It was back in December that I first blogged about my new bike. Not just any bike, but a custom built Brian Rourke. My current bike #1 is a Rourke that was kindly given to me by a friend. It was in a sorry state when I took ownership, but after a great restoration by Rouke’s it’s never looked back. It’s done a fair few miles under my ownership, and in many ways I’ll be sorry to see ‘Brian’ go, but it’s time.
As the saying goes, all good things come to those who wait, and this certainly rings true when having a custom built frame made for you. If you want instant gratification, then you’d better look elsewhere.
The first wait is for your fitting. Mine was 6 weeks. It was winter though, and so I wouldn’t be riding a shiny new bike anyway, and besides this would give me time to think about the colour scheme. Ah the colour scheme! “Have a think about the colour scheme you want before you come in” said Gareth as I made my booking. Not as easy as you may think. When you buy ‘off the peg’ someone’s done the thinking for you, and you have at best two or three options over colour. But with a custom build, you’re starting with a bare metal frame. After much umming and arrhing however I made my decision, and I just hope it look’s as good in the steel as my mind’s eye.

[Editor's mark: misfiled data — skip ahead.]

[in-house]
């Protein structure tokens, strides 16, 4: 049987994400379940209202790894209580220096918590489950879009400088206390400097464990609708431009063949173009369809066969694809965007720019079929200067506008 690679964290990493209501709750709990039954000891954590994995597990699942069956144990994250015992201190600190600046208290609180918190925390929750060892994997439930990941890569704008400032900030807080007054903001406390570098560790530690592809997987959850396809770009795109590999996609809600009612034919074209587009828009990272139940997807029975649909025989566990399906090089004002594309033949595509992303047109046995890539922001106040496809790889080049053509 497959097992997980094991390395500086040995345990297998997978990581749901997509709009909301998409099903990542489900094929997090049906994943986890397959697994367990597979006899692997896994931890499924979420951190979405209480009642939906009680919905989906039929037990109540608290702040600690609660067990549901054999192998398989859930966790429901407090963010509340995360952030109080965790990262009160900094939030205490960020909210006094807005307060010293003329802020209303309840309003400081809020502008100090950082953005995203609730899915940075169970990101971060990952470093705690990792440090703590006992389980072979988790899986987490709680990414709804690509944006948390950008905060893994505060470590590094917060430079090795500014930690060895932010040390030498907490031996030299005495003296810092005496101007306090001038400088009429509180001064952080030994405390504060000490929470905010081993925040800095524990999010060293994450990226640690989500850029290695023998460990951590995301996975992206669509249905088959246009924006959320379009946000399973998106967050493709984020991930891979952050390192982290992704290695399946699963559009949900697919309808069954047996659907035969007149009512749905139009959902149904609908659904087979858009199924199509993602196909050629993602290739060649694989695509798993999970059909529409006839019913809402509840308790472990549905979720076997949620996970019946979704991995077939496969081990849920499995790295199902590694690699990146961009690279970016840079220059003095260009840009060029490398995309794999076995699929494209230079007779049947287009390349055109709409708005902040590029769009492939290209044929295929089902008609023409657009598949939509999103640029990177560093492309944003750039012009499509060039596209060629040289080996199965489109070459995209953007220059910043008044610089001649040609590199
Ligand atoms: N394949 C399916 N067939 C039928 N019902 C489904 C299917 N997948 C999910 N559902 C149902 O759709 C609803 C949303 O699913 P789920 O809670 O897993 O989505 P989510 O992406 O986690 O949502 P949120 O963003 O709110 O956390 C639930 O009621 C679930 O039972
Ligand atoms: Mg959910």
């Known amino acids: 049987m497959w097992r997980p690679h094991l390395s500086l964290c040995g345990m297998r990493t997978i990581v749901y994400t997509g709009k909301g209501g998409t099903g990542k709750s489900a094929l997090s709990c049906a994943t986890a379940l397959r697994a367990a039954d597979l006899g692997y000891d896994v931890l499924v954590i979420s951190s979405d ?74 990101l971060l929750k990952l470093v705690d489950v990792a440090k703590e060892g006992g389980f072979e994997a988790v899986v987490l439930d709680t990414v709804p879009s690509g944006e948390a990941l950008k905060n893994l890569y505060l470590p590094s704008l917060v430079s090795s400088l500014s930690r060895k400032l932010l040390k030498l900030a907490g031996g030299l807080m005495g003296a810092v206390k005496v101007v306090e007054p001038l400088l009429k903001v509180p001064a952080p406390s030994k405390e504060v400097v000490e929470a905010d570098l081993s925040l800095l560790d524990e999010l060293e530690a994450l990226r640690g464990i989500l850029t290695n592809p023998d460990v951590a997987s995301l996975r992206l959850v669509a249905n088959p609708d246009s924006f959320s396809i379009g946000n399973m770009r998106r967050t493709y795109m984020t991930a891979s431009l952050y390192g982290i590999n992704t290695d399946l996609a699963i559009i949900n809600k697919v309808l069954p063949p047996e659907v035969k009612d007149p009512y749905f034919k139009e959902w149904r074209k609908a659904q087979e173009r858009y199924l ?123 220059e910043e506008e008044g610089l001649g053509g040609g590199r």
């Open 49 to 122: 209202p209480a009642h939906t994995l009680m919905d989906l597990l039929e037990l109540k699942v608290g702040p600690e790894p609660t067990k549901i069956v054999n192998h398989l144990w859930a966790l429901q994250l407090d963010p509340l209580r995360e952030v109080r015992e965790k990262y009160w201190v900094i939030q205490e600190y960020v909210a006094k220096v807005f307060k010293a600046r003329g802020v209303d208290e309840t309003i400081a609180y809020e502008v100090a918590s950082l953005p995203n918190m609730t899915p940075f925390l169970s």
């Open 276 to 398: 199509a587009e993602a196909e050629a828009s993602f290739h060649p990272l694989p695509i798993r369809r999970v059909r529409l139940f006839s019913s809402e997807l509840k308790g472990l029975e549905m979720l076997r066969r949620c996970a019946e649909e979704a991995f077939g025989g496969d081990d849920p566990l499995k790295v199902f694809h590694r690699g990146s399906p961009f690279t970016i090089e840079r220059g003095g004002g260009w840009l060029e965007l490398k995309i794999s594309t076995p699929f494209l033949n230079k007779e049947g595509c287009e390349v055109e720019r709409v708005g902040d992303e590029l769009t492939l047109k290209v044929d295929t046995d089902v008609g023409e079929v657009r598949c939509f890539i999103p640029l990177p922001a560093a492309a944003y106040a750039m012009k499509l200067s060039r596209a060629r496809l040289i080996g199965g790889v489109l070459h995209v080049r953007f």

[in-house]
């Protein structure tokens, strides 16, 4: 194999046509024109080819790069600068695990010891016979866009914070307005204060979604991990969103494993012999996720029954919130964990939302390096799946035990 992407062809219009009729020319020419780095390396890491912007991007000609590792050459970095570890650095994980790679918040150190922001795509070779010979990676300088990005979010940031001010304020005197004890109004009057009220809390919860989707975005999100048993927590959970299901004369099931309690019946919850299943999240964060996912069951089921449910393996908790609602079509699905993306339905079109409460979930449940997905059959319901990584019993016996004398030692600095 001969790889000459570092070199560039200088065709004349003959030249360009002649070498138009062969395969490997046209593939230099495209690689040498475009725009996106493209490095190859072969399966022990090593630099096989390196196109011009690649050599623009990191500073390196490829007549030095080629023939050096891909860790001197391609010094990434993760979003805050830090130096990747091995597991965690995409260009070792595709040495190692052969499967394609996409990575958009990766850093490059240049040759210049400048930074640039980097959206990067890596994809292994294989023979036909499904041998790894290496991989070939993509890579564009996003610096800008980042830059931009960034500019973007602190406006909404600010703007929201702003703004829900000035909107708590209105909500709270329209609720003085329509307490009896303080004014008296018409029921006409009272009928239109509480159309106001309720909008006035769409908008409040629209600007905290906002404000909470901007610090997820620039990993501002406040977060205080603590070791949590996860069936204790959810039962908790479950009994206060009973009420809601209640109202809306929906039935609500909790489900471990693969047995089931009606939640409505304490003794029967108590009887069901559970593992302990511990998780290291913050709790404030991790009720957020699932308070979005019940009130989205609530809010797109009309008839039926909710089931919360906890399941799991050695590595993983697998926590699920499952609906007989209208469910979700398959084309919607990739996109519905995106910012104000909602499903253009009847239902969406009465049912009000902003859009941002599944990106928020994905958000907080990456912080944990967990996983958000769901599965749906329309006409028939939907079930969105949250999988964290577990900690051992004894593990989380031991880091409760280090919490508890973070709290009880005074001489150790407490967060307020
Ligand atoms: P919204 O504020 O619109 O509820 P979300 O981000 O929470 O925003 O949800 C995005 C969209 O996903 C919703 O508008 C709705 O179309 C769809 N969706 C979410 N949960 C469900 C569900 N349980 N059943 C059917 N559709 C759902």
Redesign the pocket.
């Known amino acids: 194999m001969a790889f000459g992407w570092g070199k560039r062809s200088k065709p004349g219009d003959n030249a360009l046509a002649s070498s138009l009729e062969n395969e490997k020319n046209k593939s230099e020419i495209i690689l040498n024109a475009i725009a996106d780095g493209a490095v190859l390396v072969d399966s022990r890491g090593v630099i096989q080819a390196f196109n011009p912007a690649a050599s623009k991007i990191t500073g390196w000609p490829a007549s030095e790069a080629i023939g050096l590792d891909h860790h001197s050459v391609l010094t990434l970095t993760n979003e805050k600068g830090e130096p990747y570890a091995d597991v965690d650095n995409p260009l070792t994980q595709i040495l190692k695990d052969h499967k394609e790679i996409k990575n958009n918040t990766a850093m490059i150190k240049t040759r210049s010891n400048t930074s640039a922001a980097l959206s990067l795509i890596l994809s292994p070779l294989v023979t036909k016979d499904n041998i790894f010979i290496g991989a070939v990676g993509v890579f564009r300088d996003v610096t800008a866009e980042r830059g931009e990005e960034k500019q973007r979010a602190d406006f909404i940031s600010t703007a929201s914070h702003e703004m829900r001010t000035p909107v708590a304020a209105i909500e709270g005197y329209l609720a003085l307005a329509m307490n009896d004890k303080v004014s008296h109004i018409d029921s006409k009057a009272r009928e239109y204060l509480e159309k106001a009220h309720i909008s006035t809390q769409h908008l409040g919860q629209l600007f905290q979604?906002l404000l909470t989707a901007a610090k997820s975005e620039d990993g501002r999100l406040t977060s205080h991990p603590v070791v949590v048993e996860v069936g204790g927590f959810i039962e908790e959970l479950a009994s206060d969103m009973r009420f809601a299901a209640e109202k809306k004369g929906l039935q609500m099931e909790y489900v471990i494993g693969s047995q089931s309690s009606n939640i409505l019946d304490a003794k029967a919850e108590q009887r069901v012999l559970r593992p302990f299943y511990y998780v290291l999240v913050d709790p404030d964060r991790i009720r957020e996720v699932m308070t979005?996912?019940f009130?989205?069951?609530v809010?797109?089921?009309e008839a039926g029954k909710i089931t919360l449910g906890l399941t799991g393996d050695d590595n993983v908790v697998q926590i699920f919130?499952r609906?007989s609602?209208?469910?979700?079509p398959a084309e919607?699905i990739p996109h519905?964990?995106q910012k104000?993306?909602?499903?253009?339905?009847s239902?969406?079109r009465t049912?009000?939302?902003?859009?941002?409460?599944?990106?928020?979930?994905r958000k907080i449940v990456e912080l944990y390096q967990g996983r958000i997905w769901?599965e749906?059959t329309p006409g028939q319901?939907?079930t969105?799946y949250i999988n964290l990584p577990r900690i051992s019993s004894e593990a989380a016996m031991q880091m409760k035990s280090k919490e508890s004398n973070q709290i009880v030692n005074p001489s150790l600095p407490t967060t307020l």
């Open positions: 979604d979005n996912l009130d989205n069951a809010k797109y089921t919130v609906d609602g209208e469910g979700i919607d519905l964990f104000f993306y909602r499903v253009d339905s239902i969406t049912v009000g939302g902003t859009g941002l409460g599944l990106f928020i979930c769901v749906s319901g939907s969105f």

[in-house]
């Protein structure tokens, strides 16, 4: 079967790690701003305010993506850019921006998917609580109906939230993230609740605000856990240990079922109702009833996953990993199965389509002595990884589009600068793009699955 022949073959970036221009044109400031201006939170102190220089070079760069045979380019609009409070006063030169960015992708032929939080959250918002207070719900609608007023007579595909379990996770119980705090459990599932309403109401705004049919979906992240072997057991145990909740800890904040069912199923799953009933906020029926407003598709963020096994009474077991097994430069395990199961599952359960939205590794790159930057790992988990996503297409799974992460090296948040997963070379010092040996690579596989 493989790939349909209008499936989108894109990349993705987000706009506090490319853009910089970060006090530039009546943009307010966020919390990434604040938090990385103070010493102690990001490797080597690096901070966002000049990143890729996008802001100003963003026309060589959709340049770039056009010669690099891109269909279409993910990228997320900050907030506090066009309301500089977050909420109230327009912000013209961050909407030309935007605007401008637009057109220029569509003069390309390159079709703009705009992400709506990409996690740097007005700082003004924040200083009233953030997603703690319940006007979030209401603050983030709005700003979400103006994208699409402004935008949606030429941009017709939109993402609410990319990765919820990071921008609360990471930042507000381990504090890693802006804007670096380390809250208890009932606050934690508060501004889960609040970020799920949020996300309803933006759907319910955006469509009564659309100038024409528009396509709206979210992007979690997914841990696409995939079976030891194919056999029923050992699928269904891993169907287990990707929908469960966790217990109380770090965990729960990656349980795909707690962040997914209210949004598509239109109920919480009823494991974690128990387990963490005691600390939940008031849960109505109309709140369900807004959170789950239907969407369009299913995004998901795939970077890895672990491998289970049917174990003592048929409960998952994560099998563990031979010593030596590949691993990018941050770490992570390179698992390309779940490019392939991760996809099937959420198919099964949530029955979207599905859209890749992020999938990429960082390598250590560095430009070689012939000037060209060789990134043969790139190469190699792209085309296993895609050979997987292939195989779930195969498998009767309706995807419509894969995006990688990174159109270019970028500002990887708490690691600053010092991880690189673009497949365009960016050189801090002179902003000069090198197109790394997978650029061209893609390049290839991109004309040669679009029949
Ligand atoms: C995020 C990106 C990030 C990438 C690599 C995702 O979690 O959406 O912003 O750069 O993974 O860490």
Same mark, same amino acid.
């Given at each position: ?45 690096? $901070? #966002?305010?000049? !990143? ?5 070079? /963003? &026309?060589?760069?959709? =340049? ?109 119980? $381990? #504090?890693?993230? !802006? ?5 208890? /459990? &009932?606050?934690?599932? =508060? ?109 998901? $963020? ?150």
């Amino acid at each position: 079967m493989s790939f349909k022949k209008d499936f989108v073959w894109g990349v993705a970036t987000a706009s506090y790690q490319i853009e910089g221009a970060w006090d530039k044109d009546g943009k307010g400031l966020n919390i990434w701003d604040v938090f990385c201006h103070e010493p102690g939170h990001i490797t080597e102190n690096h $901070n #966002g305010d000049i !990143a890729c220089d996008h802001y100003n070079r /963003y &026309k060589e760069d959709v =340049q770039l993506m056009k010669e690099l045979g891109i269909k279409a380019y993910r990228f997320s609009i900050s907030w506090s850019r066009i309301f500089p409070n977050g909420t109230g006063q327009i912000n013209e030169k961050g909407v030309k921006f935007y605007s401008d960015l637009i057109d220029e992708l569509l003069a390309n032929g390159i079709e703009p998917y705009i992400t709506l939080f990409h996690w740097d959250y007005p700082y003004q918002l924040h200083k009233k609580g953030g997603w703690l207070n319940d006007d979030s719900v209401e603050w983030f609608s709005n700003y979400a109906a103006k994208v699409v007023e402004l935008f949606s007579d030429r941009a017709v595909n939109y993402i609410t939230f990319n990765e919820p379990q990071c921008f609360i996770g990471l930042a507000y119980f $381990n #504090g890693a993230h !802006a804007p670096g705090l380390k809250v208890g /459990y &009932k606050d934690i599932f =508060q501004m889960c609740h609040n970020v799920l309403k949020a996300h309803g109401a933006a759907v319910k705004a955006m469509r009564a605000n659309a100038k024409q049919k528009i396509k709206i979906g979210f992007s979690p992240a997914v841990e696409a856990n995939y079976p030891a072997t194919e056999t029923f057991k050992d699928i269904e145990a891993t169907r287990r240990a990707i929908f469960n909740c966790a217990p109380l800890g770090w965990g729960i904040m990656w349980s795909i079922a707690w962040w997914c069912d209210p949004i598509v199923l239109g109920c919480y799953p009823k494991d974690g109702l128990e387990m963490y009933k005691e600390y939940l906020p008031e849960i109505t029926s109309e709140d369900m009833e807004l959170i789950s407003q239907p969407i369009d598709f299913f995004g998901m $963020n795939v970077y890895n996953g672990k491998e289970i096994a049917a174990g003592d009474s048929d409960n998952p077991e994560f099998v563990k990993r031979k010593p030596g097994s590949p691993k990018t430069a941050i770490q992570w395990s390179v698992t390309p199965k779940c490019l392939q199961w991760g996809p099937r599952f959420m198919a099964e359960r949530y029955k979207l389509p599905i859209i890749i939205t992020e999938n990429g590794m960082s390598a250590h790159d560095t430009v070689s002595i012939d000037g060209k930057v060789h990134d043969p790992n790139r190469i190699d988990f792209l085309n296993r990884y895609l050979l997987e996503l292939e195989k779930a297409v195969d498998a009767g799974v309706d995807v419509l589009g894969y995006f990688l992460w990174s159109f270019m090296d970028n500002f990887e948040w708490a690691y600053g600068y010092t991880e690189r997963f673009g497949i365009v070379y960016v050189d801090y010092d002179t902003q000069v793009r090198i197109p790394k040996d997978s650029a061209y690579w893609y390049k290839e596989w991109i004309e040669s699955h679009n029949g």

Fitting complete, measurements taken, colour scheme chosen, now for the next wait. This time, 5 months! It was winter though, and so I wouldn’t be riding a shiny new bike anyway, and besides this would give me time to think about the spec’. And I thought sorting the colour scheme was difficult! It’s at this point that the danger of ‘scope creep’ rears its ugly, and potentially expensive, head. What starts as “I’m going to swap over all the kit from my old bike” can easily get out of control, and before long you’ve ended up with a complete new build. I’ve ended up somewhere in the middle, mixing many of the parts from ‘Brian’ with a smattering of new shiny bits.
For me, the real joy of putting together a custom build is choosing the components that you want to hang off the frame. The end result being unique; no one will ever have one the same. What’s more it will never be last year’s model, or in the previous sponsor’s colours. The build I’ve gone for mixes the best of british from Hope to the classic lines of Campy with some pragmatism thrown in for good measure in the form of Shimano pedals. I’ve even had a custom headbadge made by a real craftsman called Geoff Moorhouse. It really will finish things off beautifully.
As I enjoy my last few rides with Brian, I can’t help but look forward to his replacement. Fear not though, Brian will be remembered fondly, and my VMH has sanctioned something quite special for him on his retirement.
Not long now…..